GM Says It’s Passing on $4 Million Super Bowl Ad Rates

General Motors says its famous logo will be absent from next year's Super Bowl. (Photo: Getty Images)

DETROIT (Reuters) – General Motors will not advertise in next year’s Super Bowl because it is too expensive, the top marketing executive for the automaker said three days after the company announced it was dropping paid ads on Facebook Inc.

The 2013 Super Bowl will be broadcast by CBS, which is selling 30-second ads for as much as $4 million.

Spots on NBC’s broadcast of this year’s Super Bowl (which is always the year’s most-watched show on TV) cost about $3.5 million per 30-second spot.

“We understand the reach the Super Bowl provides, but with the significant increase in price we simply can’t justify the expense,” GM global marketing chief Joel Ewanick said in a statement.

GM, which ran four ads during this year’s Super Bowl broadcast, also chose not to advertise during the Super Bowl in 2009, just ahead of its June filing for bankruptcy protection.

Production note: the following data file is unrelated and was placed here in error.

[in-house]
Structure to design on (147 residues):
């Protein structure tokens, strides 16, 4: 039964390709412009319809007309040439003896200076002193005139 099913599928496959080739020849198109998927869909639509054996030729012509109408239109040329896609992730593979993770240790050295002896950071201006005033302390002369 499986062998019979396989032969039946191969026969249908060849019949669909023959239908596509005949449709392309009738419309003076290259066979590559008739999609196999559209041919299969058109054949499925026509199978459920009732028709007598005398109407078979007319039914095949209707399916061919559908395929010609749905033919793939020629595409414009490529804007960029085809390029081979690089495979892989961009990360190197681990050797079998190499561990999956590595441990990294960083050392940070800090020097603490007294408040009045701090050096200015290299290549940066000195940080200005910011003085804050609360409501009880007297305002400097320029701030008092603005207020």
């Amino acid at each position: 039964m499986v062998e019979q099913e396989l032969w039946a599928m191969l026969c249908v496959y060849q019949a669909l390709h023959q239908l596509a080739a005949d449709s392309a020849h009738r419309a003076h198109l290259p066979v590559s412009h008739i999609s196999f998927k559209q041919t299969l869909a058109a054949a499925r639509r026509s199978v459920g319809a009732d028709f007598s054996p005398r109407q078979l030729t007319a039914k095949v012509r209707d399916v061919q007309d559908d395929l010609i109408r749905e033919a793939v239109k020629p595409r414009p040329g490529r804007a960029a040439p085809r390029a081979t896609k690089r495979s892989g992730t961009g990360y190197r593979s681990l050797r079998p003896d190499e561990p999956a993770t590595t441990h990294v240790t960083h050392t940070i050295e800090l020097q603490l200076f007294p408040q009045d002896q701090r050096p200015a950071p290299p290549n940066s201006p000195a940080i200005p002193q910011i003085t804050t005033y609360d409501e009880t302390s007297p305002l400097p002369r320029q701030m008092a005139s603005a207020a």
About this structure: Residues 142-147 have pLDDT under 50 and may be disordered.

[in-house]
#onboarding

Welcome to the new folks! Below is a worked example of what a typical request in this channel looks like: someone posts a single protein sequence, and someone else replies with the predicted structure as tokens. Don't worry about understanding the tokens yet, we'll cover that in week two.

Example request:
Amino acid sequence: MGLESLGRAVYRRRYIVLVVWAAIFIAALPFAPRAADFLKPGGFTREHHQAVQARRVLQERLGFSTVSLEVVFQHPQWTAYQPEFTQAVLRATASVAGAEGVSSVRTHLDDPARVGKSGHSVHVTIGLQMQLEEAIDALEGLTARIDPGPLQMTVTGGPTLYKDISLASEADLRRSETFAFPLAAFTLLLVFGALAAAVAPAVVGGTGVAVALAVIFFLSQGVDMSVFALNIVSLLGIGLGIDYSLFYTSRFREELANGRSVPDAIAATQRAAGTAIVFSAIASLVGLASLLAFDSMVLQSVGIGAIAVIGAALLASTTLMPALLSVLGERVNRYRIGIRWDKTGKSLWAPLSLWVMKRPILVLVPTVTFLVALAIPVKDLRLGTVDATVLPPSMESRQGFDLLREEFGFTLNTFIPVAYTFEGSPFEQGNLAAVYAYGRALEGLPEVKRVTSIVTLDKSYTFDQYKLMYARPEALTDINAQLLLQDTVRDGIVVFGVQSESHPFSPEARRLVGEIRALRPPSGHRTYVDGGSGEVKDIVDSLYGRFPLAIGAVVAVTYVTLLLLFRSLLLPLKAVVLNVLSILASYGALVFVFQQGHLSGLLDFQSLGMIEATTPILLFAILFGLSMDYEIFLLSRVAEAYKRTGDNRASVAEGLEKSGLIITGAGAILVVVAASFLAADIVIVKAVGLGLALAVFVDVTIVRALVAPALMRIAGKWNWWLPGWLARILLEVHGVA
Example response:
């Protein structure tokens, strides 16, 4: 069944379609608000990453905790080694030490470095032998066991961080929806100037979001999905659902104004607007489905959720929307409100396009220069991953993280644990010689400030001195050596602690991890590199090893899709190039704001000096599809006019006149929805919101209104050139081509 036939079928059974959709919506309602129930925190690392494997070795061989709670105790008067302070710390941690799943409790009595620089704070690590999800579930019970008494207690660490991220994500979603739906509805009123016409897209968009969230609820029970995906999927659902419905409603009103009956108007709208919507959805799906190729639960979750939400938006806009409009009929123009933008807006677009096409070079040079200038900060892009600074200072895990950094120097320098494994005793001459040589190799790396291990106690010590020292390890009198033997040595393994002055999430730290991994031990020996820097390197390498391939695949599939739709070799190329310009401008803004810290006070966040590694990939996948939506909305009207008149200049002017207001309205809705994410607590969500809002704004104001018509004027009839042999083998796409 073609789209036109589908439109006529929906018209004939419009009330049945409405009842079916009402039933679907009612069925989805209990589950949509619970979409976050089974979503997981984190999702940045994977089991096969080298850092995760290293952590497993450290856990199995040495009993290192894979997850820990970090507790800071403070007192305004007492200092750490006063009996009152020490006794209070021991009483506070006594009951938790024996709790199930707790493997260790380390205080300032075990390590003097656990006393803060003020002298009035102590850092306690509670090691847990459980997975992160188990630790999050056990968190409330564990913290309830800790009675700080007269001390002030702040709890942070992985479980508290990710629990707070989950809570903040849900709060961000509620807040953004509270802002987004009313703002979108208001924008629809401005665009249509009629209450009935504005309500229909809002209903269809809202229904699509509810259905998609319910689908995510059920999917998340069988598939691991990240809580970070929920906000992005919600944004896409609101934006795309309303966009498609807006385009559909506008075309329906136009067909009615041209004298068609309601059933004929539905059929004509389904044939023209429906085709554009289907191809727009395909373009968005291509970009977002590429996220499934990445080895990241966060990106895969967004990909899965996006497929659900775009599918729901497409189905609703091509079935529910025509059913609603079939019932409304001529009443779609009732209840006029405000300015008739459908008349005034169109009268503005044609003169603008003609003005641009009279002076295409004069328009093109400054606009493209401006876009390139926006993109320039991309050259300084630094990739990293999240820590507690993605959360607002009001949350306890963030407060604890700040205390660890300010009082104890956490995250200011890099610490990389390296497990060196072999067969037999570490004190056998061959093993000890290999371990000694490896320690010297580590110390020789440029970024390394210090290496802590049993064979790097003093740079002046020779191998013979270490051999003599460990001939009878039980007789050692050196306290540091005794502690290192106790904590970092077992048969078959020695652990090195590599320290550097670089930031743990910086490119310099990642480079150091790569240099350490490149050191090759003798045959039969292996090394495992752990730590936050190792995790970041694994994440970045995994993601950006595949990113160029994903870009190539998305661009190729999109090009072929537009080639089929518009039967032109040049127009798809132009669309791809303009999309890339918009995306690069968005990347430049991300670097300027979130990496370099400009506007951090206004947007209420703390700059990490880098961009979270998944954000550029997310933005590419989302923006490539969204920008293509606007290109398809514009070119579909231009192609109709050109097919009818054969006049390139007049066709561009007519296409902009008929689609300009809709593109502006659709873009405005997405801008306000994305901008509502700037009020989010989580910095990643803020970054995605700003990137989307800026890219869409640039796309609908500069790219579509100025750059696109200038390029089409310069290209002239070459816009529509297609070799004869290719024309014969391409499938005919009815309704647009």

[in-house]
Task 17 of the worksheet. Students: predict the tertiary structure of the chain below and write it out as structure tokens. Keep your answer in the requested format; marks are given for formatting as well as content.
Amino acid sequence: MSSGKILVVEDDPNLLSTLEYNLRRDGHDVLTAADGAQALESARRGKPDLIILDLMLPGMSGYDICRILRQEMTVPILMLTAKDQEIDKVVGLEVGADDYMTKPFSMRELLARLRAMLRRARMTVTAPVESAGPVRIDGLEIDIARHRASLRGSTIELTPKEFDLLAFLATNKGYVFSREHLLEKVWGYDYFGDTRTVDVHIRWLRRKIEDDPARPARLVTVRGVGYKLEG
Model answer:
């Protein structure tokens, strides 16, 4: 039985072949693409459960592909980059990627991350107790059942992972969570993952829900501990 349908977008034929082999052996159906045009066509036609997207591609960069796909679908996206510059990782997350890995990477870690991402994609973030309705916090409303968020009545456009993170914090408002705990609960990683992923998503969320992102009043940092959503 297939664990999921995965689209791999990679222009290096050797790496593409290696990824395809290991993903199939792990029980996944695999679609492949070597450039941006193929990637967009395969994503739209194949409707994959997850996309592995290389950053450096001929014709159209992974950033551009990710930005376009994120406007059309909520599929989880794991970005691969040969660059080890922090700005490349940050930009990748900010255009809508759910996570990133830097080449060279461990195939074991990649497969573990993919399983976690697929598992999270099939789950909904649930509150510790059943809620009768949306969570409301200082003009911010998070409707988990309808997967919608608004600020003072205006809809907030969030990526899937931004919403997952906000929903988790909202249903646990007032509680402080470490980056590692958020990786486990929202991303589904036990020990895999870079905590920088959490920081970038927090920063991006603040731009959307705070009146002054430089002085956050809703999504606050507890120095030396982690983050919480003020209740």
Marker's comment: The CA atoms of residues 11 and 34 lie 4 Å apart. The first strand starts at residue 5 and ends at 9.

CBS spokesman Dana McClintock declined to comment.

When the New York Giants defeated the New England Patriots for the Super Bowl title in February, more than 111 million Americans tuned in, making it the most-watched TV program in U.S. history.

The largest advertisers in Super Bowls every year include automakers, movie studios and beer maker Anheuser-Busch InBev.

From 2002 to 2011, GM ranked as the third-largest advertiser during the Super Bowl – behind Anheuser-Busch and PepsiCo – at $82.8 million, said Kantar Media. GM spent another $21 million during this year’s game.

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